After months of speculation about which Cowboys’ players would be cap casualties, we didn’t have to wait long after the lockout was lifted to get some answers. The carnage today at Valley Ranch was quick and merciless like the beheading of Ned Stark. Roy Williams, Leonard Davis, Kris Brown, and Marion Barber can now all call themselves former Cowboys. And, Marc Colombo could be soon to follow depending on what happens with Doug Free. Davis and Colombo might return to Dallas under new contracts, but there isn’t much chance of that happening with Williams and Barber.
While the move to release Williams should be celebrated, seeing Barber go is bittersweet. It needed to happen, but the man gave Cowboys’ fans quite a bit to cheer about for several years and his tenacious style will be missed.
When the Cowboys drafted Barber in the fourth round of the 2005 draft, very few expected the contribution that the tough runner made while in Dallas. He was an immediate bright spot on a disappointing 2005 squad that failed to make the playoffs. When he carried the rock he sought out contact and usually came out on the winning end. Teammates noticeably fed off his physical style, and, obviously, he quickly became a fan favorite.
2006 was probably the most underrated season of Barber’s years with the Cowboys. In just 135 carries, he amassed 654 yards and scored twelve rushing touchdowns. He bullied his way through defenses to the tune of 4.8 yards per carry. That season, Barber began to settle into the closer role. He was definitely their best running back, but it served the team’s purposes to let him wear out defenses in the second half.
The next year Barber was one of the top runners in the league, but he did it again as a second half back. Regardless, he was a key part of that thirteen win squad. He finished third in the NFL in yards per carry and third among non-kickers in points. He ran over and through pretty much everyone, but rarely did he try to go around. Perhaps that’s why 2007 was the peak of The Barbarian’s time with the Cowboys. He finished that season with an outstanding 27 carry 129 yard effort against the Giants in the playoffs and made his first Pro Bowl.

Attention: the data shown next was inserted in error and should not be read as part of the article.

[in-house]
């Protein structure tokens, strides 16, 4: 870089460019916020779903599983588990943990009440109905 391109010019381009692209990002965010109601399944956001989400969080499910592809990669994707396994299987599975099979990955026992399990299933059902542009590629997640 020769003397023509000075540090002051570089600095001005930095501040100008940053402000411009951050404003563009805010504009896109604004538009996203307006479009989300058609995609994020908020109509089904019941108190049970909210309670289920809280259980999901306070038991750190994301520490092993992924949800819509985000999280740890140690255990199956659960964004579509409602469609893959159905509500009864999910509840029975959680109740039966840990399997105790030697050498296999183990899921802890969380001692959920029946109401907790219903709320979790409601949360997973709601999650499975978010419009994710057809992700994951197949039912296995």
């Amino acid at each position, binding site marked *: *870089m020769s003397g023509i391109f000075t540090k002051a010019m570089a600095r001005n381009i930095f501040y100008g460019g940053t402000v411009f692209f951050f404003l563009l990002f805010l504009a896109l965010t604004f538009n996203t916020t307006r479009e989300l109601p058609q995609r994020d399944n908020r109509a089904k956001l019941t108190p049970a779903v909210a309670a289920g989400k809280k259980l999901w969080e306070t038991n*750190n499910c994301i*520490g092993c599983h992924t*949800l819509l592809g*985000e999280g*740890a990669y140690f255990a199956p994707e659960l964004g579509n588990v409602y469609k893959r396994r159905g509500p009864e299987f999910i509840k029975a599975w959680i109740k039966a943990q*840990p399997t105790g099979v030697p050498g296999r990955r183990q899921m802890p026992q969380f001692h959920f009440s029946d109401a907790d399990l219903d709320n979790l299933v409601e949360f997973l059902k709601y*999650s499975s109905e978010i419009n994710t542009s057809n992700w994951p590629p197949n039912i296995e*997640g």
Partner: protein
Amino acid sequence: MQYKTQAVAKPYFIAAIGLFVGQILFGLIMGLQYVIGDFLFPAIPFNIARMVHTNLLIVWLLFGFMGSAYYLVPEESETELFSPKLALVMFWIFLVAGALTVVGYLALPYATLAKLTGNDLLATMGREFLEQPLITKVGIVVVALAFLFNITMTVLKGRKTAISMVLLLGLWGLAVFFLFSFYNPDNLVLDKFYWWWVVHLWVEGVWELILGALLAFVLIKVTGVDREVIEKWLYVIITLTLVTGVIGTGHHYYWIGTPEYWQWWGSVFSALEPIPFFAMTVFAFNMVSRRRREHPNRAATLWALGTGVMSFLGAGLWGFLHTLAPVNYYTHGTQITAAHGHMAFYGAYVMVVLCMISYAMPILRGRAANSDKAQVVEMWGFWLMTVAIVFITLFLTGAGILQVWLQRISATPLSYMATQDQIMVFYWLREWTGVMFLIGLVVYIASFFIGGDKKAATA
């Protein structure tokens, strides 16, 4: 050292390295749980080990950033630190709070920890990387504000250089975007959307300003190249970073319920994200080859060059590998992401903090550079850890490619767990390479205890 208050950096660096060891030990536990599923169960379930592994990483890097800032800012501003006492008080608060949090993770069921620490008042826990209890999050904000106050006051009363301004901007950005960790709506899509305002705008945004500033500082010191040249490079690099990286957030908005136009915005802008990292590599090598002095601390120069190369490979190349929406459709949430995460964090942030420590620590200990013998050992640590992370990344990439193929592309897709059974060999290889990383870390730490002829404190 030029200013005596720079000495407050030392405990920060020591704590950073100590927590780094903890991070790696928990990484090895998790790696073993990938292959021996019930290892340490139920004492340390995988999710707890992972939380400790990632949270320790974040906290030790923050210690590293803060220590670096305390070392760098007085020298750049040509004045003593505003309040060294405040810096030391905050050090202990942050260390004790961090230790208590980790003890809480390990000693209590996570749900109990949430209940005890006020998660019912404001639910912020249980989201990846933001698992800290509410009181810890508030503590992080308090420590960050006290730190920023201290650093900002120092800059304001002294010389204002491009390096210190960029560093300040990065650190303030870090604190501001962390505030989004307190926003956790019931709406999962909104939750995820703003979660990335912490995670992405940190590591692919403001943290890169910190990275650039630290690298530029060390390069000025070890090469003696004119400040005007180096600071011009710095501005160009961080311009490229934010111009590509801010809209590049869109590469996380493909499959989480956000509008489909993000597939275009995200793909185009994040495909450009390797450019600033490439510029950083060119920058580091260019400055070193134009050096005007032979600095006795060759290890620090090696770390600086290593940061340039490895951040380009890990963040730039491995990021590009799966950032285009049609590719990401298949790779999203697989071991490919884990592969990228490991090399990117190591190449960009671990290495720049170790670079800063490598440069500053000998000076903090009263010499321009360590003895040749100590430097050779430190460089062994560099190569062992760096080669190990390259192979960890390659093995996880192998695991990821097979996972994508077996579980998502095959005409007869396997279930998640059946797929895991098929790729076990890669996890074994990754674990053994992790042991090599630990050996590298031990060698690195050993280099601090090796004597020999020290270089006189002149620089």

That’s where the Cowboys went wrong with Barber. After that fantastic season, they overvalued his worth. While he was a great player, he wasn’t someone they should’ve seen as a long term option. The shelf life for most running backs is somewhere around five to seven years. However, the shelf life for a running back with Barber’s style is usually about three years. That’s something they should’ve given more attention. But, the Cowboys ignored the obvious signs and gave Barber an extension that only an elite workhorse running back deserves. Then, to make matters worse, they made him a starter.
Predictably, Barber began to break down in 2008, and, despite a very respectable 2009, he’s now been labeled a disappointment. He wasn’t a disappointment during his time in Dallas. He was a victim of unreasonable expectations. Not to say the Cowboys should’ve known Barber was cresting in 2007, but they should’ve been wary enough not to give him that absurd contract.
Regardless of the contract and the decline in production, Barber deserves a little appreciation from this fan base. He served us well during his time with the ‘Boys.
I leave you with this: